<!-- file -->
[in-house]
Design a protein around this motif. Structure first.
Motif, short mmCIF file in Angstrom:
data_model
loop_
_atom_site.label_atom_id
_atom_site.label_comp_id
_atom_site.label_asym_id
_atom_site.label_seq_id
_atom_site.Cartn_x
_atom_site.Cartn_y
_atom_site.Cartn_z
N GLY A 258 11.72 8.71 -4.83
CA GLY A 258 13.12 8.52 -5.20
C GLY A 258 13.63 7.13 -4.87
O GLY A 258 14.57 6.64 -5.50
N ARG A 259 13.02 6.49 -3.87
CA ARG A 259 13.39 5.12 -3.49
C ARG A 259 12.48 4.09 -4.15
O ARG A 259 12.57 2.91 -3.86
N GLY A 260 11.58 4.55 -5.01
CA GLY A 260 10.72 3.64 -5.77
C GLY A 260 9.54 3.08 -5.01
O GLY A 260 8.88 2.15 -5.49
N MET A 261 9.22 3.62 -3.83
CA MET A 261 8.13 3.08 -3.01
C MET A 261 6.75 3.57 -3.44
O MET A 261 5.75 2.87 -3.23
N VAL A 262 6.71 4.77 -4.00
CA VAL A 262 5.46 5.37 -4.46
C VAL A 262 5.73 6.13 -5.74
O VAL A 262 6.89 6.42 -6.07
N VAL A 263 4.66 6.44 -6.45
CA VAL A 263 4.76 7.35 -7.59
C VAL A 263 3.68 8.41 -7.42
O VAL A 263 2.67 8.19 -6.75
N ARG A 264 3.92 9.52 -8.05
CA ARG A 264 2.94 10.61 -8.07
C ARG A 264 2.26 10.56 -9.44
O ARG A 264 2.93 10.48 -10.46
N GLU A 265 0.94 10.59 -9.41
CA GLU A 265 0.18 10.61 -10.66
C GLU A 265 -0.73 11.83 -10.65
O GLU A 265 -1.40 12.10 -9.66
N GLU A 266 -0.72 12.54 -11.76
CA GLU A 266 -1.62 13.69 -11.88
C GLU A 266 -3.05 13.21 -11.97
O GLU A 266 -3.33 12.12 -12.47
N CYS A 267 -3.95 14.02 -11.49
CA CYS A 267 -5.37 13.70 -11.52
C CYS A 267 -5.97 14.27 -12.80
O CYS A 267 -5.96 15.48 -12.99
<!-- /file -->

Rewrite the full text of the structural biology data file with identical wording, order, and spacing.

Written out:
[in-house]
Design a protein around this motif. Structure first.
Motif, short mmCIF file in Angstrom:
data_model
loop_
_atom_site.label_atom_id
_atom_site.label_comp_id
_atom_site.label_asym_id
_atom_site.label_seq_id
_atom_site.Cartn_x
_atom_site.Cartn_y
_atom_site.Cartn_z
N GLY A 258 11.72 8.71 -4.83
CA GLY A 258 13.12 8.52 -5.20
C GLY A 258 13.63 7.13 -4.87
O GLY A 258 14.57 6.64 -5.50
N ARG A 259 13.02 6.49 -3.87
CA ARG A 259 13.39 5.12 -3.49
C ARG A 259 12.48 4.09 -4.15
O ARG A 259 12.57 2.91 -3.86
N GLY A 260 11.58 4.55 -5.01
CA GLY A 260 10.72 3.64 -5.77
C GLY A 260 9.54 3.08 -5.01
O GLY A 260 8.88 2.15 -5.49
N MET A 261 9.22 3.62 -3.83
CA MET A 261 8.13 3.08 -3.01
C MET A 261 6.75 3.57 -3.44
O MET A 261 5.75 2.87 -3.23
N VAL A 262 6.71 4.77 -4.00
CA VAL A 262 5.46 5.37 -4.46
C VAL A 262 5.73 6.13 -5.74
O VAL A 262 6.89 6.42 -6.07
N VAL A 263 4.66 6.44 -6.45
CA VAL A 263 4.76 7.35 -7.59
C VAL A 263 3.68 8.41 -7.42
O VAL A 263 2.67 8.19 -6.75
N ARG A 264 3.92 9.52 -8.05
CA ARG A 264 2.94 10.61 -8.07
C ARG A 264 2.26 10.56 -9.44
O ARG A 264 2.93 10.48 -10.46
N GLU A 265 0.94 10.59 -9.41
CA GLU A 265 0.18 10.61 -10.66
C GLU A 265 -0.73 11.83 -10.65
O GLU A 265 -1.40 12.10 -9.66
N GLU A 266 -0.72 12.54 -11.76
CA GLU A 266 -1.62 13.69 -11.88
C GLU A 266 -3.05 13.21 -11.97
O GLU A 266 -3.33 12.12 -12.47
N CYS A 267 -3.95 14.02 -11.49
CA CYS A 267 -5.37 13.70 -11.52
C CYS A 267 -5.97 14.27 -12.80
O CYS A 267 -5.96 15.48 -12.99